How People Change

A Brief Commentary
  • George Stricker
Part of the The Springer Series in Social / Clinical Psychology book series (SSSC)

Abstract

It is possible to argue that change lies at the heart of psychology. Certainly, for clinical psychology, a discipline devoted to selected effective interventions that are designed to produce salutory change, the course and nature of change is a central issue. Before we examine how people change, we might address the question of whether they change at all. Certainly, people do change their behaviors and their attitudes, but do they change feelings, values, character traits, or other more substantial features? Probably, at times, but not easily and not quickly. What we have in this volume is a series of accounts of change, where it occurs, under what circumstances, and how it is best understood and explained. I would like to indicate the conclusions I have drawn from the chapters in this volume, not necessarily the conclusions they have drawn, or even would agree with, but the thoughts stimulated in me by exposure to this spectrum of presentations:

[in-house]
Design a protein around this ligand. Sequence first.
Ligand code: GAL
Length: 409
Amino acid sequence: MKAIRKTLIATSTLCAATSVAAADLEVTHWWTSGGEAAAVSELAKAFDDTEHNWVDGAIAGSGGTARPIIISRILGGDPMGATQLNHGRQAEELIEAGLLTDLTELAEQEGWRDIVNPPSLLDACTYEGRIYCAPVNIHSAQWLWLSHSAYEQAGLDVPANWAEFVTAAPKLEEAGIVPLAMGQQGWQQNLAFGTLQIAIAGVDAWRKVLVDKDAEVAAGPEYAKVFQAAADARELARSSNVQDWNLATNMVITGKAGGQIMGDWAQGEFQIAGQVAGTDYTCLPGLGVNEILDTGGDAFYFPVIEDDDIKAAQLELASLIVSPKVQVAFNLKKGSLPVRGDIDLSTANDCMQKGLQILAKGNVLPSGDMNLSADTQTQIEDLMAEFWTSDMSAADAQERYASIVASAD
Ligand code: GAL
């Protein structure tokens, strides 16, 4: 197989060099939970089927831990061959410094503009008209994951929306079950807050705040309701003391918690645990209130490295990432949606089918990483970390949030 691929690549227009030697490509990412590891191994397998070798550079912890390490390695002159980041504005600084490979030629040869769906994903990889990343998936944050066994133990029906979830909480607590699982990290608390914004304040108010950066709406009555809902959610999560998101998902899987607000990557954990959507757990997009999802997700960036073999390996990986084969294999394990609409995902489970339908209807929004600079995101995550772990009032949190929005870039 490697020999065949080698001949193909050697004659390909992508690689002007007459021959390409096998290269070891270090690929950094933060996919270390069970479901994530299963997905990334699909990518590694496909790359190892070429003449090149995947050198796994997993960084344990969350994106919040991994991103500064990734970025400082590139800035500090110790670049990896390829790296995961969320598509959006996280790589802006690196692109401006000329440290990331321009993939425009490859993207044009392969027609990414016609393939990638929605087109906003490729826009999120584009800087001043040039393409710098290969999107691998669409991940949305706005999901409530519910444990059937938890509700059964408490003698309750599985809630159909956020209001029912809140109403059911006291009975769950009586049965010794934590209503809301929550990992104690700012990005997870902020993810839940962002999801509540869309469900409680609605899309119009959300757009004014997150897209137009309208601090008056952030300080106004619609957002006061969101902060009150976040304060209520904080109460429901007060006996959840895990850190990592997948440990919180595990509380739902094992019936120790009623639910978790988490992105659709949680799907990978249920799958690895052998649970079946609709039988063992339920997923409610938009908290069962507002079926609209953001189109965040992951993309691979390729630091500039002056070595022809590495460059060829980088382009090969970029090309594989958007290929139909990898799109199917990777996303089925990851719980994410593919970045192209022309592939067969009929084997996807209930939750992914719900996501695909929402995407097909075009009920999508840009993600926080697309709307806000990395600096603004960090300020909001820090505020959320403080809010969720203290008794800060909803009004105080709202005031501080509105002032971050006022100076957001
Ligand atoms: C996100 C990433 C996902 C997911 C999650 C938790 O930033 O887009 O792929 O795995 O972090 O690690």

Keywords

Character Trait Clinical Psychologist Change Agent Garden City External Reality 
These keywords were added by machine and not by the authors. This process is experimental and the keywords may be updated as the learning algorithm improves.

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References

  1. Bettelheim, B. (1950). Love is not enough: The treatment of emotionally disturbed children. Glencoe, IL: Free Press.Google Scholar
  2. Ruark, R. (1955). Something of value. Garden City, NY: Doubleday.Google Scholar

Copyright information

© Springer Science+Business Media New York 1991

Authors and Affiliations

  • George Stricker
    • 1
  1. 1.Derner Institute of Advanced Psychological StudiesAdelphi UniversityGarden CityUSA

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